LIDAR - Rethinking how cameras work

One cool feature of Apple's new iPad Pro tablets is that they include a new 3d sensor in the camera that utilizes LIDAR. The LIDAR sensor allows the camera to compute depth information for an image in addition to the normal 2D RGB pixel data that you get from a digital camera.

So how does LIDAR work? LIDAR stands for Light Detection and Ranging. It uses a pulsed infrared laser to sweep a spot of light across the area that the camera is looking at. The pulsed laser light is used to measure range (the variable distance for a point in the captured 2D image). Think of it this way. Your typical digital camera gives you a 2-dimensional pixel image of a 3-dimensional space. LIDAR provides a way to get the 3-dimensional distance information for that pixel. So the digital photo is capturing and recording the depth information for the pixels of the image. Your camera is now a 3D scanner as well as a 2D imaging system.

Of course it's more complicated then that, since the camera's LIDAR resolution is not the same as the pixel resolution. You can think of the LIDAR image as a series of small light dots that are super fast swept across the scene you are photographing. How fast? Crazy fast. Hundreds of picoseconds.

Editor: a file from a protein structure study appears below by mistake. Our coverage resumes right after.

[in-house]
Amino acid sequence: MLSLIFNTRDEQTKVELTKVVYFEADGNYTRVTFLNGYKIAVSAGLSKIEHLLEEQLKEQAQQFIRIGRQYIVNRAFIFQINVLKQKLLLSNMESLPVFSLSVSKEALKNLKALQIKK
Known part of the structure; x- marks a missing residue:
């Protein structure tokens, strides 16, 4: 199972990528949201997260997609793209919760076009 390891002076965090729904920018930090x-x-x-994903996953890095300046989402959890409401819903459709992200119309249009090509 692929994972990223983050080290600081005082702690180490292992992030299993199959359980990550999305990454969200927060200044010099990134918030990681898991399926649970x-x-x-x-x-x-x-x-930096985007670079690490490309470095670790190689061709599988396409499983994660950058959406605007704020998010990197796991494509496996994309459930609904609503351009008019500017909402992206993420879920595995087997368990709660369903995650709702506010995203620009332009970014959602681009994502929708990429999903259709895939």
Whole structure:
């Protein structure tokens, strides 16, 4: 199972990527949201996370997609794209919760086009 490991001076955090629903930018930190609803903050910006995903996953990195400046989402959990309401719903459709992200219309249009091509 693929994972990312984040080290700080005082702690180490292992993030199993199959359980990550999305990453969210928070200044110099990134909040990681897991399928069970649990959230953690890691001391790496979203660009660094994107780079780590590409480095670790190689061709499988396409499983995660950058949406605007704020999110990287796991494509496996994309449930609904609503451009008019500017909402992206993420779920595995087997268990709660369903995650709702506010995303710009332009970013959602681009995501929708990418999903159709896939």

IFixit has an interesting iPad Pro teardown where they dive into what the LIDAR sensor looks like, and what it's resolution actually is. And it's a very course resolution. The infrared footage of LILDAR scanner in action at 1:43 in the movie shows you exactly how coarse the pulsed laser dot depth scanning actually is.

Any one familiar with the Microsoft Kinect systems they were selling as an attachment to Xboxes will realize that this all sounds very familiar. And digital artists loved Kinect and what they could potentially do with it.

We're very interested in AR (Augmented Reality) applications here at HTC. Consumer tablets and cameras that actually let you directly work with depth information in digital camera photos is the new wild west. Very exciting.

We're looking forward to providing easy to use interfaces and information on for working with this new technology in our HTC member toolkit.


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